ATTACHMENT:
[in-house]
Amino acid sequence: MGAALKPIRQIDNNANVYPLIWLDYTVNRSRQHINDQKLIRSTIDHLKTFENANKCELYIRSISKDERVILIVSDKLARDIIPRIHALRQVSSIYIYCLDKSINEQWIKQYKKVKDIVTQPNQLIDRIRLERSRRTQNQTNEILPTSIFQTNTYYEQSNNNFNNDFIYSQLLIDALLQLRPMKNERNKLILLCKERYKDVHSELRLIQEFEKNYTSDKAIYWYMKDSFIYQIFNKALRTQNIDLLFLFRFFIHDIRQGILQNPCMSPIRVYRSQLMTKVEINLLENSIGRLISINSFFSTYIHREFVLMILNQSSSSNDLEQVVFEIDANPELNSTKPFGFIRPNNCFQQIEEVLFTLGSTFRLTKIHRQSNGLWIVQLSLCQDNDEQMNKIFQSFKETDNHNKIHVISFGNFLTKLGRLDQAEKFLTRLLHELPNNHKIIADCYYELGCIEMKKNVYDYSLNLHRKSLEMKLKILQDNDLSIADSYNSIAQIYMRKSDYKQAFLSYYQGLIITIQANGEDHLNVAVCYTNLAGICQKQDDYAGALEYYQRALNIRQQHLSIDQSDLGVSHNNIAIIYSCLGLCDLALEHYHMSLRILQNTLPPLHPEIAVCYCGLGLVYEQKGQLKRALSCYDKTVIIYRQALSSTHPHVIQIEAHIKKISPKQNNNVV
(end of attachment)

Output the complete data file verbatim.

[in-house]
Amino acid sequence: MGAALKPIRQIDNNANVYPLIWLDYTVNRSRQHINDQKLIRSTIDHLKTFENANKCELYIRSISKDERVILIVSDKLARDIIPRIHALRQVSSIYIYCLDKSINEQWIKQYKKVKDIVTQPNQLIDRIRLERSRRTQNQTNEILPTSIFQTNTYYEQSNNNFNNDFIYSQLLIDALLQLRPMKNERNKLILLCKERYKDVHSELRLIQEFEKNYTSDKAIYWYMKDSFIYQIFNKALRTQNIDLLFLFRFFIHDIRQGILQNPCMSPIRVYRSQLMTKVEINLLENSIGRLISINSFFSTYIHREFVLMILNQSSSSNDLEQVVFEIDANPELNSTKPFGFIRPNNCFQQIEEVLFTLGSTFRLTKIHRQSNGLWIVQLSLCQDNDEQMNKIFQSFKETDNHNKIHVISFGNFLTKLGRLDQAEKFLTRLLHELPNNHKIIADCYYELGCIEMKKNVYDYSLNLHRKSLEMKLKILQDNDLSIADSYNSIAQIYMRKSDYKQAFLSYYQGLIITIQANGEDHLNVAVCYTNLAGICQKQDDYAGALEYYQRALNIRQQHLSIDQSDLGVSHNNIAIIYSCLGLCDLALEHYHMSLRILQNTLPPLHPEIAVCYCGLGLVYEQKGQLKRALSCYDKTVIIYRQALSSTHPHVIQIEAHIKKISPKQNNNVV